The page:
Sunday, May 17

Kenya's press

The cover story in today's Nation (Kenya's leading daily) is a pretty fine example of the strengths and weaknesses of Kenya's press. The papers are more than willing to make accusations of wrongdoing on the part of the country's leaders. The headline splashed across the front page is "Bribery in Kenya's Parliament."

Kenya’s Parliament is increasingly becoming a haven of corruption as more and more MPs fall into traps set by unscrupulous but influential political and financial kingpins, the Sunday Nation can reveal.

Multiple interviews with sitting and former House members found a growing trend where wealthy and influential politicians who find themselves on the receiving end generously offer handouts as they lobby MPs to vote in their favour.

But then comes a key paragraph:

A string of wealthy politicians and business magnates, who cannot be named for legal reasons, have perfected the art of bribing a section of MPs in the guise of lobbying them to debate or vote in a way that favours their interests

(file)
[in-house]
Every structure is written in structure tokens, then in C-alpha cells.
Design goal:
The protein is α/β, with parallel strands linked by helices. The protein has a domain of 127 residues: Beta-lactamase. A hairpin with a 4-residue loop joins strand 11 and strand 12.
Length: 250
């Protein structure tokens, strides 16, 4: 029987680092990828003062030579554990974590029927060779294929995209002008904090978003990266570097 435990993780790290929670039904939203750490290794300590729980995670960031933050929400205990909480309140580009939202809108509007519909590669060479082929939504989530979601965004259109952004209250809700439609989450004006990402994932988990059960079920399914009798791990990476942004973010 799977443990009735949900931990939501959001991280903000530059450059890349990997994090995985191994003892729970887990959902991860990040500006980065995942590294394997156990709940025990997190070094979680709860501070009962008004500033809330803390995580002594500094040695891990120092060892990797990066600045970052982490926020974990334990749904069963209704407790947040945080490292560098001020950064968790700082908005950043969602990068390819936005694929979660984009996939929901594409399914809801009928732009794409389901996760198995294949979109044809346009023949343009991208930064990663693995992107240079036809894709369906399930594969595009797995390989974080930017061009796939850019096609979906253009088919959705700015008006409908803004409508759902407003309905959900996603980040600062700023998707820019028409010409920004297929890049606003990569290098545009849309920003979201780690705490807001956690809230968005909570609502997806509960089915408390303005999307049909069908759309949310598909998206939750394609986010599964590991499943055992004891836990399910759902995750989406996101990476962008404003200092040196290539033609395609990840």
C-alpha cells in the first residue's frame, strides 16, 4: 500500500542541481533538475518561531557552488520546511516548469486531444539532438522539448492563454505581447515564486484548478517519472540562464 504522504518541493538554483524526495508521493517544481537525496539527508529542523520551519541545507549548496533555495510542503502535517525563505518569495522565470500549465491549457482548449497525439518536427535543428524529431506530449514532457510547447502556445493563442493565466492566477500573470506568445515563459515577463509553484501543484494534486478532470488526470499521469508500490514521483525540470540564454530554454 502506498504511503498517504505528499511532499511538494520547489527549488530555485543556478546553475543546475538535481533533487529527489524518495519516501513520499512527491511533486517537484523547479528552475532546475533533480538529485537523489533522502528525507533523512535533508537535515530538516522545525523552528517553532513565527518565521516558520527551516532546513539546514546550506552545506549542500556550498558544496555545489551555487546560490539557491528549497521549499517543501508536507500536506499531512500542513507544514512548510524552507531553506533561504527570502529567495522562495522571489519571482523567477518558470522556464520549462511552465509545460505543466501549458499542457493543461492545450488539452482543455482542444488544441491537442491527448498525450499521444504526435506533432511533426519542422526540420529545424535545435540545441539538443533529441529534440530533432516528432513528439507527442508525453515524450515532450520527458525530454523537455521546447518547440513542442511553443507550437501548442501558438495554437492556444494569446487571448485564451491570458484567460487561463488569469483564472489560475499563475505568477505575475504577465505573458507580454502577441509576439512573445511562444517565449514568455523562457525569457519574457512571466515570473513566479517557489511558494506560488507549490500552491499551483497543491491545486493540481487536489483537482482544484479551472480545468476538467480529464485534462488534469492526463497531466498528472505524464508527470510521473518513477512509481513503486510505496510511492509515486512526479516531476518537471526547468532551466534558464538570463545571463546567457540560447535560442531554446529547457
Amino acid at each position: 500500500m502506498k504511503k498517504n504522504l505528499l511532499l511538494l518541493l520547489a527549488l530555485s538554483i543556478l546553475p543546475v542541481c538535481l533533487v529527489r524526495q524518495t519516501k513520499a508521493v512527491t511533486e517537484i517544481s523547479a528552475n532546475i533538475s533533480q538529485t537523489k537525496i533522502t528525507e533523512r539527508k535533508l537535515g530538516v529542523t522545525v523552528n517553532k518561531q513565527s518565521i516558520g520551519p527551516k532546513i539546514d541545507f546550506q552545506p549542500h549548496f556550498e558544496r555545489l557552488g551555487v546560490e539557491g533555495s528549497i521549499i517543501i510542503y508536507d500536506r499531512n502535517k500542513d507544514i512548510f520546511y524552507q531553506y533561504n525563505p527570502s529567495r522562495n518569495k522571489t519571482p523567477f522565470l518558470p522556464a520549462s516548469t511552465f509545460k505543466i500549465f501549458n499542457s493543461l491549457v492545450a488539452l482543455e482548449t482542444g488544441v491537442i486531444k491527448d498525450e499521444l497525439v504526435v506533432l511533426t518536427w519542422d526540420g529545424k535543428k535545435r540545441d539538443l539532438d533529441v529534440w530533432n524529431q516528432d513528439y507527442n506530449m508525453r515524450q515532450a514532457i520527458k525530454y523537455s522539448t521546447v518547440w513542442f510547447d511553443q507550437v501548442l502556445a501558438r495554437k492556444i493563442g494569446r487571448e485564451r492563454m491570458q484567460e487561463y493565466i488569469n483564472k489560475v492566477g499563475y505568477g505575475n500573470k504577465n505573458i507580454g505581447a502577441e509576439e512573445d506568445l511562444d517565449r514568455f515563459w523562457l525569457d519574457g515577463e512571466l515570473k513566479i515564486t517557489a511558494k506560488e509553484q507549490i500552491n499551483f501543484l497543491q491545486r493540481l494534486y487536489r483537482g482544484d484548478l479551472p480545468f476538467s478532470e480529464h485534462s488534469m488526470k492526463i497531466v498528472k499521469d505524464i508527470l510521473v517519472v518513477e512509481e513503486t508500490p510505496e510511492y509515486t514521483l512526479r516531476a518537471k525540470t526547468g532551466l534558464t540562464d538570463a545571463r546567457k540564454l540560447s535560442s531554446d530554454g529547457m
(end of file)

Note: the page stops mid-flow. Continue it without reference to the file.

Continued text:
The papers will openly decry the presence of corruption, incompetence, ethnic baiting, etc, more openly than you'll get from the mainstream press in many of the other countries in the region. But unless a name comes up on the record in parliamentary debate, or in a speech by a politician, specific names are avoided. So the article is filled with attributed quotes from members of parliament expressing disappointment at the corrupt dealings going on among unnamed colleagues. But the chances of anyone being held accountable for the behavior described seem pretty slim.

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